From the article in Tablet:
"What the Posen Library represents, then—at least when it deals with the near-present—is a canon defined by anxiety about whether it constitutes a canon. A certain anxiety is, perhaps, implicit in the very idea of a “Library of Jewish Culture and Civilization.” The sheer completism of the project, the desire to get everything from recipes to choreography to novels to prayers between two covers, makes the reader think of the Posen Library in apocalyptic terms, as a kind of Noah’s Ark of Jewishness. Indeed, the making of anthologies is often the sign of a civilization in crisis: Think of a figure like the seventh-century Christian bishop Isidore of Seville, whose major work (aside from his bitter polemics against Judaism) was the Etymologiae, a 20-volume compendium of everything the Roman world knew about history, which served as a time capsule against encroaching barbarism.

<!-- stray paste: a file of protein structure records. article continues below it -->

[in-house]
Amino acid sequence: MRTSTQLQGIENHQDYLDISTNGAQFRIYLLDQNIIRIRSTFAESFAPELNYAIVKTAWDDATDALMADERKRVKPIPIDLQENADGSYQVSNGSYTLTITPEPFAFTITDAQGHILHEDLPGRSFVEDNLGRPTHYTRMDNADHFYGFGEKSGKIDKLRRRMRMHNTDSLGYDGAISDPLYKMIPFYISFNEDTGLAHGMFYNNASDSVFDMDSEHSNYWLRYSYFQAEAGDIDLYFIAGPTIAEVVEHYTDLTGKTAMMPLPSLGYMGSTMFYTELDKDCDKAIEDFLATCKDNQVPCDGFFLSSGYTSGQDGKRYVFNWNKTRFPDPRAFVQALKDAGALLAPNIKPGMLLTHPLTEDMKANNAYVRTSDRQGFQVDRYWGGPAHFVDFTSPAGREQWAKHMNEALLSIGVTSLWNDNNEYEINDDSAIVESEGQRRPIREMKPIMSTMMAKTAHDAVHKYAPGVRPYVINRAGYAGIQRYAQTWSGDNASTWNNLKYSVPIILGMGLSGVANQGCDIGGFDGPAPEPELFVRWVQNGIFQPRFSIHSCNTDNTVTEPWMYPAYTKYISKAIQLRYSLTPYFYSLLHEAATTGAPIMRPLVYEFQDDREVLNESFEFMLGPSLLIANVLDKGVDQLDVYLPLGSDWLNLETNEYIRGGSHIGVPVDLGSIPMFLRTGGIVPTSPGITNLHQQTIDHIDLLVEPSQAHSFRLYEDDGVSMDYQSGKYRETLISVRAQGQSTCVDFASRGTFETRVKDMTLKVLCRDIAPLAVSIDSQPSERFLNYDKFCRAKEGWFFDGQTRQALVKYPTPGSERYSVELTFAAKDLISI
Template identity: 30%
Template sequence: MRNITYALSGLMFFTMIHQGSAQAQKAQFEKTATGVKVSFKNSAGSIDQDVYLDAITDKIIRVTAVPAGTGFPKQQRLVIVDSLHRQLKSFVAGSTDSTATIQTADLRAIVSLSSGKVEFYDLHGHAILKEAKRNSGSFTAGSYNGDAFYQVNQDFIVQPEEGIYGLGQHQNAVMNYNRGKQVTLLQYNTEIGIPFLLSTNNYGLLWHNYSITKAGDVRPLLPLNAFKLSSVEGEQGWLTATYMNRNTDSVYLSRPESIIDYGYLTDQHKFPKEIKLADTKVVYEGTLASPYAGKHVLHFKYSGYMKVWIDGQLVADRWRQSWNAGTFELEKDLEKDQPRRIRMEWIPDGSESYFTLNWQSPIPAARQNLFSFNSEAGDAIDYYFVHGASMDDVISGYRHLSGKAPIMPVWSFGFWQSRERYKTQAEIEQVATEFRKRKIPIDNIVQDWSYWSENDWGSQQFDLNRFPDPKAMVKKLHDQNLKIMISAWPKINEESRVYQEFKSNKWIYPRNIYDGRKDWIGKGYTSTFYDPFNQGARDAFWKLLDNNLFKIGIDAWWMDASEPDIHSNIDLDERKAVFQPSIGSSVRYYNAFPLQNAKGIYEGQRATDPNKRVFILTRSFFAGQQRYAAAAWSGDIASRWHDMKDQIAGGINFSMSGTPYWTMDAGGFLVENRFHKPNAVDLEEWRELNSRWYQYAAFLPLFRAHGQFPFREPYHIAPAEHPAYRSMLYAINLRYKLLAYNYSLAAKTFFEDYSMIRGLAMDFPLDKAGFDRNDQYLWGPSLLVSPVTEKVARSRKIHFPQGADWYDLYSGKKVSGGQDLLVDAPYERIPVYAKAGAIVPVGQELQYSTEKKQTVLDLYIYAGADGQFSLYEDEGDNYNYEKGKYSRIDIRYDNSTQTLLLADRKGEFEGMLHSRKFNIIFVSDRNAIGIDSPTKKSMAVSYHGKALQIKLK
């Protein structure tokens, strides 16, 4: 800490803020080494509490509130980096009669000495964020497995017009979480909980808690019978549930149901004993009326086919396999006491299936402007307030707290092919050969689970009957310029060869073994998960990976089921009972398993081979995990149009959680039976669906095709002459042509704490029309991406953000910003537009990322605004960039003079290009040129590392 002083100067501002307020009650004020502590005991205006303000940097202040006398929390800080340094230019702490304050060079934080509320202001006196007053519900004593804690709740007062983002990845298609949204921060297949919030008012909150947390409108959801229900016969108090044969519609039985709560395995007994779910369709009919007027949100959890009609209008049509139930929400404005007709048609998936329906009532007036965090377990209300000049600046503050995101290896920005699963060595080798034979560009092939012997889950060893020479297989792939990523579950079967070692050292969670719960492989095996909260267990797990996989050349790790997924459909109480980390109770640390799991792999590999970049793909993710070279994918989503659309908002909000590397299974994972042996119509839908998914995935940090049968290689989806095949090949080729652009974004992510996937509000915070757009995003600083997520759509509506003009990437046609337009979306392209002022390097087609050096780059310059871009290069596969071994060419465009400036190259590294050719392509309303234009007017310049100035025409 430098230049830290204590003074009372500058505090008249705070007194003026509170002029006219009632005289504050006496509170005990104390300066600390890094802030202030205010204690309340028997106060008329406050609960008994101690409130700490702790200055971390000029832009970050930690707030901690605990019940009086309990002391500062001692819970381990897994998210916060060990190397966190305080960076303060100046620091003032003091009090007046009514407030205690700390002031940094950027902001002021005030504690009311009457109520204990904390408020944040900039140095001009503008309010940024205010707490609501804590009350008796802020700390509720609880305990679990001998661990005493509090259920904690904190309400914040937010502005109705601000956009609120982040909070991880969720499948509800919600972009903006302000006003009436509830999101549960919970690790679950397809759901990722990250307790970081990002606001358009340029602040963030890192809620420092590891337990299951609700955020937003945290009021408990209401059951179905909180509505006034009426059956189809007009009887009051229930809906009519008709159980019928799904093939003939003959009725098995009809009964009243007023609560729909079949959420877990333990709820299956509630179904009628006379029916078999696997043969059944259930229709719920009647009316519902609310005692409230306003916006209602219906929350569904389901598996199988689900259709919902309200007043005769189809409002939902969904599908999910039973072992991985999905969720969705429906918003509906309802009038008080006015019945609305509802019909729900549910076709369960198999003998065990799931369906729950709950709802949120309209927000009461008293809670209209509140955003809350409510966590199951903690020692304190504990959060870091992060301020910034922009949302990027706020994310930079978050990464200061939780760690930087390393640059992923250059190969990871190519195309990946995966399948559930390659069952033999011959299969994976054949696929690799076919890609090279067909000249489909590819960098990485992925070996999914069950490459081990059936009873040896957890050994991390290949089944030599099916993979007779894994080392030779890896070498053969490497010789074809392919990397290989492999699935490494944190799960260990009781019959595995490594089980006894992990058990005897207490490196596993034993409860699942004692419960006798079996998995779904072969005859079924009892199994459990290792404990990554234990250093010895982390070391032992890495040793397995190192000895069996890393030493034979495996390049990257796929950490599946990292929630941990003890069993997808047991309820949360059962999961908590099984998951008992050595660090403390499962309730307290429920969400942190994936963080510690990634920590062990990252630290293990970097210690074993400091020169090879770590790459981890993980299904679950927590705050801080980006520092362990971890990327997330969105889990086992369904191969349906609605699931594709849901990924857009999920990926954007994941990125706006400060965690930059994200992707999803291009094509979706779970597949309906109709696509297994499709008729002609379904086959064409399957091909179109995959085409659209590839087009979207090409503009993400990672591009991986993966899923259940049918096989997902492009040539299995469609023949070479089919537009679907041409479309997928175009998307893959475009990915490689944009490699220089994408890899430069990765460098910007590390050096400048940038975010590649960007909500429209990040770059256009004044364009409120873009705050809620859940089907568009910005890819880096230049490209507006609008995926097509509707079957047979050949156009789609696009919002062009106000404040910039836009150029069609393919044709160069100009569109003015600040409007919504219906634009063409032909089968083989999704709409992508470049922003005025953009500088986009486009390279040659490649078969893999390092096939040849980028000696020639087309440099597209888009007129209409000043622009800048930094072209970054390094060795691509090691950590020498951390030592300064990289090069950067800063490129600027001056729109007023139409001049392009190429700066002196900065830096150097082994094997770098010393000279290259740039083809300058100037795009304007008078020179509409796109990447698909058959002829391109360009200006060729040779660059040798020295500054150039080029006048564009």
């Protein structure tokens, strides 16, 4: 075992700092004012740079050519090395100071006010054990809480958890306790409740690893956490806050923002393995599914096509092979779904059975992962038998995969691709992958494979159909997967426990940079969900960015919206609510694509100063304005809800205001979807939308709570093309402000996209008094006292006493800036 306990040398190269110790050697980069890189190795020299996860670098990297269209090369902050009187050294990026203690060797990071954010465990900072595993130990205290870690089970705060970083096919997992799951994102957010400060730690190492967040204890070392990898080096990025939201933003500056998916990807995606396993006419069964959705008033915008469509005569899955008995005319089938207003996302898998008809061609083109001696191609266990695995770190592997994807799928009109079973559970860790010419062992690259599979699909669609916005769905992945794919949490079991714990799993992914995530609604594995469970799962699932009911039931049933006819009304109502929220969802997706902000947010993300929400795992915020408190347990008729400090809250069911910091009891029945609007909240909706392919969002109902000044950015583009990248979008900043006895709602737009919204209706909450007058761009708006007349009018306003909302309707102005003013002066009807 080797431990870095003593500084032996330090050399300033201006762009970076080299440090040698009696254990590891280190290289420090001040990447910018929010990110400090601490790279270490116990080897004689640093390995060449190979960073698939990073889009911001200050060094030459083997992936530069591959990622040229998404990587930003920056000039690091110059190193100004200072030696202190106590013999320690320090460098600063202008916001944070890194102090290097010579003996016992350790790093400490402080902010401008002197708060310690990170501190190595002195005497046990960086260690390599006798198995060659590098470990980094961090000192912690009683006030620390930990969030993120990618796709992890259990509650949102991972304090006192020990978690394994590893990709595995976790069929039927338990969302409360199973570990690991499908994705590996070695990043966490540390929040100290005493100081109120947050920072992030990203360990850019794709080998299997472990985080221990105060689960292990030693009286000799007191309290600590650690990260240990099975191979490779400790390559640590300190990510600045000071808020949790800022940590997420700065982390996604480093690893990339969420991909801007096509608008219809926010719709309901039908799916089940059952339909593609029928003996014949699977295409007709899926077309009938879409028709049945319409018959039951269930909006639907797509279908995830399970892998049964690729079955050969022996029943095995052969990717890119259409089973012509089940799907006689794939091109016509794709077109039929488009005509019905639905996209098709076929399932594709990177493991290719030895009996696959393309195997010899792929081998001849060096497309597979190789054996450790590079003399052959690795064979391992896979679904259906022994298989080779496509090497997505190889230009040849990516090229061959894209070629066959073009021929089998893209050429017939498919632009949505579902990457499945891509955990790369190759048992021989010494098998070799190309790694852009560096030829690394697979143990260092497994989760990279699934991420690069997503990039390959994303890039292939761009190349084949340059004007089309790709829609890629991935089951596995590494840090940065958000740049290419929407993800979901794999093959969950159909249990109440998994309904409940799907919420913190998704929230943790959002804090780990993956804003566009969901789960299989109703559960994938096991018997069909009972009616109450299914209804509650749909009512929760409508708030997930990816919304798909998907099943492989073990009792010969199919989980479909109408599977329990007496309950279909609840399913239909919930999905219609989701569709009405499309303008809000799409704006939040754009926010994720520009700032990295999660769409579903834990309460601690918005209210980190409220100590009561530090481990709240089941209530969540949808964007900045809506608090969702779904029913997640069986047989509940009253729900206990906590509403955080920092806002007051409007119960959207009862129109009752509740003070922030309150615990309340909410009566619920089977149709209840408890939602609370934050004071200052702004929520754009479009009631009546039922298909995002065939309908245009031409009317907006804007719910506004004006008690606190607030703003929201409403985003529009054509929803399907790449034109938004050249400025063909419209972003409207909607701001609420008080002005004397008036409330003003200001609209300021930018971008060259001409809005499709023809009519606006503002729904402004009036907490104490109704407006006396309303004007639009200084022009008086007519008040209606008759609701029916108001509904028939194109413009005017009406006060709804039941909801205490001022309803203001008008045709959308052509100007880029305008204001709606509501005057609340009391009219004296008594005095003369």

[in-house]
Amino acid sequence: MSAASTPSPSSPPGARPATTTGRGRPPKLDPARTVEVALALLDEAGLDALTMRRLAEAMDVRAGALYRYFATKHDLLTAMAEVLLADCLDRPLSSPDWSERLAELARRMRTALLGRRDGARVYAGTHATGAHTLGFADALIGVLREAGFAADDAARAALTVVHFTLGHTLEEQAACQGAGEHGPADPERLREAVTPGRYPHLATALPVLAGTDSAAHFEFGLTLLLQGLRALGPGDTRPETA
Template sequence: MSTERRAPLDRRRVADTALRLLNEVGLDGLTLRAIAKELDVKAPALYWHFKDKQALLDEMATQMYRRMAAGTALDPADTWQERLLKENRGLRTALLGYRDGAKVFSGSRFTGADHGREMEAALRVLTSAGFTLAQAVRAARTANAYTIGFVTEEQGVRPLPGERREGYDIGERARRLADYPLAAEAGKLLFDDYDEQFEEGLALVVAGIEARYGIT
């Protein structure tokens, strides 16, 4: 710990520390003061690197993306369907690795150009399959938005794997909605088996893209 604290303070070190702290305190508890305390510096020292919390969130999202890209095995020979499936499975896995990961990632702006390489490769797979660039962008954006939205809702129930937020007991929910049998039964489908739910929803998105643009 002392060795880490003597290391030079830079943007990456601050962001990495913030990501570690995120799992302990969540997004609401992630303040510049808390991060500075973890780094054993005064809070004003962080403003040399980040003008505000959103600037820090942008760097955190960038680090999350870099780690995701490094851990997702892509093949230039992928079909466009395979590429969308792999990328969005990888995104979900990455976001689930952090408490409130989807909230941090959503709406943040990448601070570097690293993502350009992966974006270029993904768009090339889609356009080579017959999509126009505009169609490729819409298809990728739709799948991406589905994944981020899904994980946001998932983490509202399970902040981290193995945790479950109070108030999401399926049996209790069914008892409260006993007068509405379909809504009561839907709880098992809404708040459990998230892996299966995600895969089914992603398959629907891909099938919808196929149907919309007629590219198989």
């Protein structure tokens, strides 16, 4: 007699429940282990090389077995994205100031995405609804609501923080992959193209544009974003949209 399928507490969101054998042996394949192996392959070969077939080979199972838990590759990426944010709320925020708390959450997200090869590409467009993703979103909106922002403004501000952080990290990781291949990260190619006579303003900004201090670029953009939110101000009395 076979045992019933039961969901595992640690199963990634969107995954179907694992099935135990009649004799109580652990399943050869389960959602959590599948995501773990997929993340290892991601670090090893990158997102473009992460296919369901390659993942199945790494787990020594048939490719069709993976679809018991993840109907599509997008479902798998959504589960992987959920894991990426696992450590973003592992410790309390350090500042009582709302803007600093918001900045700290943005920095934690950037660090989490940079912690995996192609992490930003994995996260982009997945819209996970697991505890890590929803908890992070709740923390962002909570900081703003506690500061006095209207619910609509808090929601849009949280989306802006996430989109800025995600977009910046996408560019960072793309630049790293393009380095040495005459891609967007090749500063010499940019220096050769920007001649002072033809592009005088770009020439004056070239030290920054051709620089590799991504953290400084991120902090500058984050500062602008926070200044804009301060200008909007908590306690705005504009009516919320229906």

"Or, to use a more appropriate example, think of the Mishnah—a traditionally oral body of law that was written down around 200 CE in order to preserve it through an era of Jewish dispersion and decline. It is possible to see the Posen Library as a kind of secular Mishnah, an attempt to capture the core of Jewishness in a huge but finite number of pages. The difference is that while the rabbis knew what constituted that core—it was the Oral Law, the accumulated practice of centuries—the editors of the Posen Library cannot be so sure."If I obtain either of these new books I will report further!